Plant out – Late February/early March

If temps look good, it’s time for the plant shuffle. I know I know, hardening off your plants is super annoying and I kill hundreds of them every year because I’m a lazy bitch that doesn’t want to take the extra step, but I ALWAYS do it for the ranuncs. How I harden them off tends to vary with the weather, but usually I bring them out to the hoop house for a few hours for the first couple of days, cover them with extra frost cloth for a night or 2 after that, and then get them in the ground.

Watch them (slowly) grow – March/April

Our hoop is unheated so we need to tuck them in with frost cloth every night until temps are above freezing, usually until April, but it’s New England so I’m always prepared for a late freeze. Whether or not I uncover them during the day depends on, you guessed it, the weather so use your best judgement.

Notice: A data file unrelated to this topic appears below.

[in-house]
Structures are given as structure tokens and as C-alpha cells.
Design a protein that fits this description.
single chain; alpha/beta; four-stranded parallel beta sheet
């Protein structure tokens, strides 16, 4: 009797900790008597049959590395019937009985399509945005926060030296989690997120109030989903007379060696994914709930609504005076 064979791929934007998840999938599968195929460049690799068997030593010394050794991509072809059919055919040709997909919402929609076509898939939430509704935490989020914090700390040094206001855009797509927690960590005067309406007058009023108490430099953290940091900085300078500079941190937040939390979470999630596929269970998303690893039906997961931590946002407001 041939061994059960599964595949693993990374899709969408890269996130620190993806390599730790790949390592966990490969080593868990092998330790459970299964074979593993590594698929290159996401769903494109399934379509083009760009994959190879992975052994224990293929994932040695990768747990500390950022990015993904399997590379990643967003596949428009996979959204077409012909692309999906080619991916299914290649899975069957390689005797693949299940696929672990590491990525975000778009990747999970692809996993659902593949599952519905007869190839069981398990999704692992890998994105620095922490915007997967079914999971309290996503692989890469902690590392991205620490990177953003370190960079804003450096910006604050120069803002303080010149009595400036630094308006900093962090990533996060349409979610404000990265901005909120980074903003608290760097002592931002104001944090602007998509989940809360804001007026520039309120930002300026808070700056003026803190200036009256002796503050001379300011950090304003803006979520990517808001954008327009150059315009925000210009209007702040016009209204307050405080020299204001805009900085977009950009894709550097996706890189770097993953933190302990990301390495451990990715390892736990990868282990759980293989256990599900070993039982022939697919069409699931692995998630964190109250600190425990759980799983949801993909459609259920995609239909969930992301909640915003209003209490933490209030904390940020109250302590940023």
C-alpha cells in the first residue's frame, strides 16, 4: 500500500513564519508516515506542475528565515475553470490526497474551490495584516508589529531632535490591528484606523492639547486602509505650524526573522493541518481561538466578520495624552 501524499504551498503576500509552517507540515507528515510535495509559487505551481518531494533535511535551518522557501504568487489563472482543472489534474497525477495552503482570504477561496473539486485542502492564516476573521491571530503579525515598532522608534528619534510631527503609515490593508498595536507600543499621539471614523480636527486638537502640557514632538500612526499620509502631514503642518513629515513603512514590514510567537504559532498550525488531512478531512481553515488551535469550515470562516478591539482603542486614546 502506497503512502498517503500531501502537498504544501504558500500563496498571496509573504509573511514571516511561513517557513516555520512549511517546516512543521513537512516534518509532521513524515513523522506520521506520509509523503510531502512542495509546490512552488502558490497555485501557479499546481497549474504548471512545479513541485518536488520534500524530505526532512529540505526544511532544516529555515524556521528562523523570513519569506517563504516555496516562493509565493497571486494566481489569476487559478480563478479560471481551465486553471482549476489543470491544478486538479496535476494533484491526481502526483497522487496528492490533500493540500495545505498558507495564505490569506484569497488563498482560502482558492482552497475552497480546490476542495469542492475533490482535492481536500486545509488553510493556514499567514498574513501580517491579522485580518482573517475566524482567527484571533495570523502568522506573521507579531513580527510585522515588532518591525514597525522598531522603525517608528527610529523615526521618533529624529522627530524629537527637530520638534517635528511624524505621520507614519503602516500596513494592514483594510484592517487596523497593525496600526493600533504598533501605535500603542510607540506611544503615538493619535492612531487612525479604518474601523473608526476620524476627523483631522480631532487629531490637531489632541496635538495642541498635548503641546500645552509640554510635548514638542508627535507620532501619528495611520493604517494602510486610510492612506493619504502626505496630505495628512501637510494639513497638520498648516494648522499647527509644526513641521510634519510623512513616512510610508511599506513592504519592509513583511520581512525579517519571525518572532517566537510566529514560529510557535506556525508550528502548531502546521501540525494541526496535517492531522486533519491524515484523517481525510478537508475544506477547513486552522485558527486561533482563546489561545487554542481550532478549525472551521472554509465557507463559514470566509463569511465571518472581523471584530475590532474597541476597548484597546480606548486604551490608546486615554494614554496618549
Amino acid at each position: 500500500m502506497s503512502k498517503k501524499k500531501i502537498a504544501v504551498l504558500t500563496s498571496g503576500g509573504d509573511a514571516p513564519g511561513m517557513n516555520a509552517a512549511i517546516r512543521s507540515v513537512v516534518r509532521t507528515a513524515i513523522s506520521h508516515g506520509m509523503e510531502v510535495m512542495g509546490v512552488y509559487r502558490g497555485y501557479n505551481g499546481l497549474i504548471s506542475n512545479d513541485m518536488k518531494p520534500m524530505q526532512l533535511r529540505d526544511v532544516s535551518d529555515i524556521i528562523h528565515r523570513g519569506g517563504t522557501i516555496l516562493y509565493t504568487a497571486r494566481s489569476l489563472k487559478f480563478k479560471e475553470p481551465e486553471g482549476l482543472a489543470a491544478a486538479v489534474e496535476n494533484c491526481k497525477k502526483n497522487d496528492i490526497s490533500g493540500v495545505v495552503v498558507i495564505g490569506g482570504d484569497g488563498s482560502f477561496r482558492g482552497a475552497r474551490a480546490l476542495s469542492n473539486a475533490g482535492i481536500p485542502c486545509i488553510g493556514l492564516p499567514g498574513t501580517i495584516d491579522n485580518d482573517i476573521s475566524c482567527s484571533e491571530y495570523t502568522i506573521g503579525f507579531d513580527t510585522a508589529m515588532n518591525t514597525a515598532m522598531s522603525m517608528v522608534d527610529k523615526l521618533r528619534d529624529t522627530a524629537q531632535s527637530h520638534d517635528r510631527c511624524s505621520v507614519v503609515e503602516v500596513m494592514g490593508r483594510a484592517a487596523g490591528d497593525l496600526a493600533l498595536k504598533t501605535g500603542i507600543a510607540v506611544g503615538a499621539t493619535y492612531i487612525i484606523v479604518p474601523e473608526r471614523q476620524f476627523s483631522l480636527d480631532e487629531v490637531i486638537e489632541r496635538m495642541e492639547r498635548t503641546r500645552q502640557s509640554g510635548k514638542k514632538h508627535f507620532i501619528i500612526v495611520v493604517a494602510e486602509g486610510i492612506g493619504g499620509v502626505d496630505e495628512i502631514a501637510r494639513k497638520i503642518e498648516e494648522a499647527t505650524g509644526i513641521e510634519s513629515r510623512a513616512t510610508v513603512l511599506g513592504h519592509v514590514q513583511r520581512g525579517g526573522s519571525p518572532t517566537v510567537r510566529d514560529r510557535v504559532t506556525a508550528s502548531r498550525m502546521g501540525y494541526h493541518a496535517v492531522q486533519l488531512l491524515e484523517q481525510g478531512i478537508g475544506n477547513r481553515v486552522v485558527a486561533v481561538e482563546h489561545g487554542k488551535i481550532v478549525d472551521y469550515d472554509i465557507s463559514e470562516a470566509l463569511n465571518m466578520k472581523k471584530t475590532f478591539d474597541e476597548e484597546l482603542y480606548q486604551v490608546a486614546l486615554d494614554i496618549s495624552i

Enjoy your flowers – May-June

Mother Nature dictates when you’ll start to have flowers (more weather talk) but usually early May for me. If you have supplemental heat in your tunnel it could be earlier, it all depends. Last year we were reallllly bumping mid-May to early June. Like drowning in ranunculus it was amazing.

That’s a wrap

Once summer temps set in, it’s time to say goodbye. I’ve tried to grow a second succession outdoors with less than stellar results and dropped the ball on a fall succession I had planned last season, but maybe 2024 is my year.

On saving corms: If they’re unprotected varieties you can, but I typically want to re-plant the bed quicker than the process would allow. I noticed a lot of the ones we left in the ground have resprouted & are growing pretty well so TBD if the overwintered corms flower earlier than the ones planted in late winter.

On overwintering: While I probably could fall plant, I haven’t given it much thought. Having them in the ground means I’d have to keep an eye on them in the thick of winter and I’m just not interested at this point. We’ll see.

Drop your questions in the comments, and if you grow ranunculus outdoors in a similar climate I’d love to hear how it’s gone!